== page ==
Back to Chest Diseases
Pleural effusion is a medical condition where fluid accumulates in
the pleural cavity which surrounds the lungs, making it hard to
Pleural effusion can result from reasons such as:
- lung cancer
- infection such as pneumonia or tuberculosis
- autoimmune disease such as lupus erythematosus
- heart failure
- bleeding, often due to chest trauma (hemothorax)
- low oncotic pressure of the blood plasma
- lymphatic obstruction
- accidental infusion of fluids
Congestive heart failure, bacterial pneumonia and lung cancer
constitute the vast majority of causes in the developed countries,
although tuberculosis is a common cause in the developing world.
In states of excess accumulation, pleural fluid can be sampled and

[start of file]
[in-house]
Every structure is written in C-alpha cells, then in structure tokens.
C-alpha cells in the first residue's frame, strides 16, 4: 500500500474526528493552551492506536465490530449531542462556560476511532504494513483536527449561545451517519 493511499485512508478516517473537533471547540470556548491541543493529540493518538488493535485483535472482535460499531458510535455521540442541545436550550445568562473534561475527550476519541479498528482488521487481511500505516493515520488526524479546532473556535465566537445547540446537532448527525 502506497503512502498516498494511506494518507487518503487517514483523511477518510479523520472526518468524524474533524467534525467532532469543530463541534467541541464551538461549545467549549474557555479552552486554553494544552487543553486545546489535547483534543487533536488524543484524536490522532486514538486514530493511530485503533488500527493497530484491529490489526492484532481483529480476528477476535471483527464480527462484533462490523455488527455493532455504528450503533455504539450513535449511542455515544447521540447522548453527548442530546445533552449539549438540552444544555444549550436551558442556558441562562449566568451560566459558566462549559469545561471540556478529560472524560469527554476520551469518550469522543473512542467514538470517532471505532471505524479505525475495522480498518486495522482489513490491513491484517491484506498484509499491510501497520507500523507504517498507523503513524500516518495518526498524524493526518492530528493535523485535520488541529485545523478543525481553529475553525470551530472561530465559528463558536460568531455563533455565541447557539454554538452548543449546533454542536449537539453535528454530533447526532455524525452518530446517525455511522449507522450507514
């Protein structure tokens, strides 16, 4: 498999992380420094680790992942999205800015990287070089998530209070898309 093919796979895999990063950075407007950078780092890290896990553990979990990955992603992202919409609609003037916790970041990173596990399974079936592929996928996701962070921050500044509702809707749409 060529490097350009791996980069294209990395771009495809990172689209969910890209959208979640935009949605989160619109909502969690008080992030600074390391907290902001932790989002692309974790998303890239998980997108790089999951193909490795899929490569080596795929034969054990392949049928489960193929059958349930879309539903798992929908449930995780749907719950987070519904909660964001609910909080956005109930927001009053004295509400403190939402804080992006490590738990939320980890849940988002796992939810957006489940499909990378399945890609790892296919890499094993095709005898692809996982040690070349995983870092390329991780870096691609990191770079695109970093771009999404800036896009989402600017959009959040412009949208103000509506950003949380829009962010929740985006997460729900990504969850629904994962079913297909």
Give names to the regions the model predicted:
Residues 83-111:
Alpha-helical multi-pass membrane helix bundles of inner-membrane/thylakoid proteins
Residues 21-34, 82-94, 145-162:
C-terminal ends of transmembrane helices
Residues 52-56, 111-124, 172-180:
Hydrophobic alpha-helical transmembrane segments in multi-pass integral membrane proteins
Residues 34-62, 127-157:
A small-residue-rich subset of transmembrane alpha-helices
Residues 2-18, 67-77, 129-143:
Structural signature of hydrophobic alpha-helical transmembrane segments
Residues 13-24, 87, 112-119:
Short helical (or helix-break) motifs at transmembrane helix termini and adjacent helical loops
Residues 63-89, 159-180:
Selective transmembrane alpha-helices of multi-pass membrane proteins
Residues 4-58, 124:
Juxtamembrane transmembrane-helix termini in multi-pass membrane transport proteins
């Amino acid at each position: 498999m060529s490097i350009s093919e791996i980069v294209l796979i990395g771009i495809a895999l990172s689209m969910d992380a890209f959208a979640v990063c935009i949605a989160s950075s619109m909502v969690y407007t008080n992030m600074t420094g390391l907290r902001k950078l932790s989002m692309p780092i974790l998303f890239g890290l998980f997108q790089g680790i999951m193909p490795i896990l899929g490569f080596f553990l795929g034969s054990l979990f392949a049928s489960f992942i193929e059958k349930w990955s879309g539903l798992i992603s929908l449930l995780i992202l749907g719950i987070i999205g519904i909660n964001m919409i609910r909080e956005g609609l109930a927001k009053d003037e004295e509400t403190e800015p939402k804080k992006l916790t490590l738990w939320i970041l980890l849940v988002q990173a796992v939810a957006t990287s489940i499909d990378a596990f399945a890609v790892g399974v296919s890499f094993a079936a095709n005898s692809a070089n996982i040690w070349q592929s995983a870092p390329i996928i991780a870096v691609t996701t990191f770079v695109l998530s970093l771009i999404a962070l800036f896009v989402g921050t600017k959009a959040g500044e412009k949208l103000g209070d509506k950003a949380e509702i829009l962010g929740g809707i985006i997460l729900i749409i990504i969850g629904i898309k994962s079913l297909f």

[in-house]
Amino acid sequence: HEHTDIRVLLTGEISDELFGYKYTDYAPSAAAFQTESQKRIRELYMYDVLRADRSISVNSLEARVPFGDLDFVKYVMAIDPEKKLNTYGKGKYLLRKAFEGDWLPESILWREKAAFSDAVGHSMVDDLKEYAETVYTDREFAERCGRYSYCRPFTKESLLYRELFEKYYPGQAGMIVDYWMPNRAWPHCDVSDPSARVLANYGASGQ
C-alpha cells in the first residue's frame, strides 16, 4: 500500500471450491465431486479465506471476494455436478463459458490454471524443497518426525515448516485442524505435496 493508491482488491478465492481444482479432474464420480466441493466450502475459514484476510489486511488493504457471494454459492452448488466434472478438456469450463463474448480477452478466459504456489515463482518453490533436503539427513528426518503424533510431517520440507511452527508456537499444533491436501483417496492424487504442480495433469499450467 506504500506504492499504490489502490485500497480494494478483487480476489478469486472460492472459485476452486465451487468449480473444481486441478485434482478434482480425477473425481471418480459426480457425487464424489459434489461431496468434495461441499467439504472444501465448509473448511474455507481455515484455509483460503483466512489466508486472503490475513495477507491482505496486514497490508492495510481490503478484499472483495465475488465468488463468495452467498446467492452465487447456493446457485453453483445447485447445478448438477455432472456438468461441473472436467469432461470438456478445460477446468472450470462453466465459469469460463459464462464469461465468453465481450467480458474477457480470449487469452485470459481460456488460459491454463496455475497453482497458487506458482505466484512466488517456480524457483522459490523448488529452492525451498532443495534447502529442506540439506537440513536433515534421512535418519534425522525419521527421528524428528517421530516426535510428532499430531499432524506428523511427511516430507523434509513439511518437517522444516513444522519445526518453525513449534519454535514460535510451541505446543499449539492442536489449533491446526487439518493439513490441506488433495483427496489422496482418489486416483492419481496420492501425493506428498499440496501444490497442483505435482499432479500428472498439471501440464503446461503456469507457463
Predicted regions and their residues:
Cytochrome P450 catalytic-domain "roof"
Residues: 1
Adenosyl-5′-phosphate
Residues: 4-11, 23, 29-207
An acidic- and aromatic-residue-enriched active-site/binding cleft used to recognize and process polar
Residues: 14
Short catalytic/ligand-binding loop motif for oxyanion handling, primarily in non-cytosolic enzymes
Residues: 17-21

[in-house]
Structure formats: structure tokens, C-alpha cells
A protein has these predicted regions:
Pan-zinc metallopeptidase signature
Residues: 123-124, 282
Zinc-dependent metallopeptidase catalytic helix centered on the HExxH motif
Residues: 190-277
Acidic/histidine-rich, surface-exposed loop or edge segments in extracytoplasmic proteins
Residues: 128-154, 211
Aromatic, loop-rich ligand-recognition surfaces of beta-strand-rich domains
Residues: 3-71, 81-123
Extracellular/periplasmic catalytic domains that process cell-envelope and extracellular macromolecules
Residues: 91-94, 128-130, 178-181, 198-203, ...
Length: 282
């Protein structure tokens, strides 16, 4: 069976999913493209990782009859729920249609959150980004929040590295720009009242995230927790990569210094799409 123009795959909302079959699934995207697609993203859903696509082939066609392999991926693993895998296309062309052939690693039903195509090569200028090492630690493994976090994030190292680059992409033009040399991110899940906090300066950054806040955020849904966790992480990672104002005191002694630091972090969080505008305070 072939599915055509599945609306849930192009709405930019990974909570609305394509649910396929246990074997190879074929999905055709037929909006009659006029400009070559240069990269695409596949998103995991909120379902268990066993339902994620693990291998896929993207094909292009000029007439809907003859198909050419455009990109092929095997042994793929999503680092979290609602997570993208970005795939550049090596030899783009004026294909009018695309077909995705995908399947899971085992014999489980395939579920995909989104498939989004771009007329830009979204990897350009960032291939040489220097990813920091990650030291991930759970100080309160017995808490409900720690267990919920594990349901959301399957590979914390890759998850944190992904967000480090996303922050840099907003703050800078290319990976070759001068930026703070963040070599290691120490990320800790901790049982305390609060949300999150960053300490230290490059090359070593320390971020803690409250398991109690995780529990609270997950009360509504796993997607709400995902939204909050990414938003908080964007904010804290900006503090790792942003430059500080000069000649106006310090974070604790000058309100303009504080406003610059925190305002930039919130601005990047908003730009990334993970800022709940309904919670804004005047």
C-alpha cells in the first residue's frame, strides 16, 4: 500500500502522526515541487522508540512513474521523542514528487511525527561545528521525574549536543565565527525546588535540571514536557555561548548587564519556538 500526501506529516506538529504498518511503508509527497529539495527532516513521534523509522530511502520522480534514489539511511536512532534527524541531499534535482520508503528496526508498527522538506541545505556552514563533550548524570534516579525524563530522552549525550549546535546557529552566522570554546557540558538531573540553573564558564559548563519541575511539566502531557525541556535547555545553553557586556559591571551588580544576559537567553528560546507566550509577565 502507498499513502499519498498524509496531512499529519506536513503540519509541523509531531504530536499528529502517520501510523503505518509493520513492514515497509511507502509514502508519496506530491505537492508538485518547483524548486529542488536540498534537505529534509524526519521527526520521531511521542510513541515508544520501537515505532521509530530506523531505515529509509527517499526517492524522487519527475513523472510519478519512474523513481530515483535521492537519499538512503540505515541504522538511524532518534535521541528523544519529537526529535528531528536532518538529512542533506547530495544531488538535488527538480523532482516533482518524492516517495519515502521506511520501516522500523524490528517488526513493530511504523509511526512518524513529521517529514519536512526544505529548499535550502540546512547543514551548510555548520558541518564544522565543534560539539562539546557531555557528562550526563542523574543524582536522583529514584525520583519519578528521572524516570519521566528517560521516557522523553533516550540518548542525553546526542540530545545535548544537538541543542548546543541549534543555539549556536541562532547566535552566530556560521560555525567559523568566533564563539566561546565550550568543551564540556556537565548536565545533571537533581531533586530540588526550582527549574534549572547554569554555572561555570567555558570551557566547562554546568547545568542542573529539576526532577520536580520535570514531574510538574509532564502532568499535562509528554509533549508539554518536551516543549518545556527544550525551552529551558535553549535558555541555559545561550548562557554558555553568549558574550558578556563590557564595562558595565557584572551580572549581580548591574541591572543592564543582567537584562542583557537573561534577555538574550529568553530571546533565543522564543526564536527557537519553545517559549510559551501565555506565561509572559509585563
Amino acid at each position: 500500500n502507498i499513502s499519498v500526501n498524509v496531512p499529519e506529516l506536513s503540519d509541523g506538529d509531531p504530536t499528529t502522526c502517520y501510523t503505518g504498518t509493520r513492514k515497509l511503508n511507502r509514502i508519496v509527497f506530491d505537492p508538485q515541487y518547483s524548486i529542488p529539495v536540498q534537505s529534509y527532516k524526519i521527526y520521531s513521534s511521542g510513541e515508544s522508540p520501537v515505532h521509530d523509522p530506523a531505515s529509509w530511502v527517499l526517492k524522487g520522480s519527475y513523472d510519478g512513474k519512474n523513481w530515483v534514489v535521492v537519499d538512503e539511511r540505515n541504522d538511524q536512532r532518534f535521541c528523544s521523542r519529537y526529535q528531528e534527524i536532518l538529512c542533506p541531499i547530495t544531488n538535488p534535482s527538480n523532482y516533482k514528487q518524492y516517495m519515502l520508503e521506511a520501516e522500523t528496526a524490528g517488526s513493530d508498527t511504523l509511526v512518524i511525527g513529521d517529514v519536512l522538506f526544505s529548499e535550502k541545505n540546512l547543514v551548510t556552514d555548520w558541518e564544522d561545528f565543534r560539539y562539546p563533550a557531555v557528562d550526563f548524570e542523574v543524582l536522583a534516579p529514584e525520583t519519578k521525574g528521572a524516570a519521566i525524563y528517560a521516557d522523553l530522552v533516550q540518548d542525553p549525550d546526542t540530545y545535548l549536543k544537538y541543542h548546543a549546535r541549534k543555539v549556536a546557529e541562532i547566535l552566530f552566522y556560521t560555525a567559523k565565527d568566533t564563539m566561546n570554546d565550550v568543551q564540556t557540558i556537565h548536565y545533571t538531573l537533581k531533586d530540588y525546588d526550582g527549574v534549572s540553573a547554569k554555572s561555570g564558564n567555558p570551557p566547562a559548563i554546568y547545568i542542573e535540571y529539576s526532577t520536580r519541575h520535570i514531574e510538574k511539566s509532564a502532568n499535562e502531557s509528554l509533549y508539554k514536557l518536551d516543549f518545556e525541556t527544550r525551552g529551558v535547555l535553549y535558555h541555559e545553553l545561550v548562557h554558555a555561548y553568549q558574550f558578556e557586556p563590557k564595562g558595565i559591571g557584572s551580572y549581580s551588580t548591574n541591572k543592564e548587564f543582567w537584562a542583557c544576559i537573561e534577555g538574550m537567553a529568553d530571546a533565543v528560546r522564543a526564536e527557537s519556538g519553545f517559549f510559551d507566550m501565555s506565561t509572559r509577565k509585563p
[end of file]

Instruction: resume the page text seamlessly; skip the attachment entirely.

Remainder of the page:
evaluated to determine what disease state may be causing it. The
evaluation consists of
- Gram stain and culture - identifies bacterial infections
- cell count and differential - differentiates exudative from
- cytology - identifies cancer cells, may also identify some
- chemical composition including protein, lactate dehydrogenase,
amylase, pH and glucose -differentiates exudative from transudative
- other tests as suggested by the clinical situation - lipids,
fungal culture, viral culture, specific immunoglobulins
Are you a doctor or a nurse?
Do you want to join the Doctors Lounge online medical community?
Participate in editorial activities (publish, peer review, edit) and
give a helping hand to the largest online community of patients.
Click on the link below to see the requirements:
Doctors Lounge Membership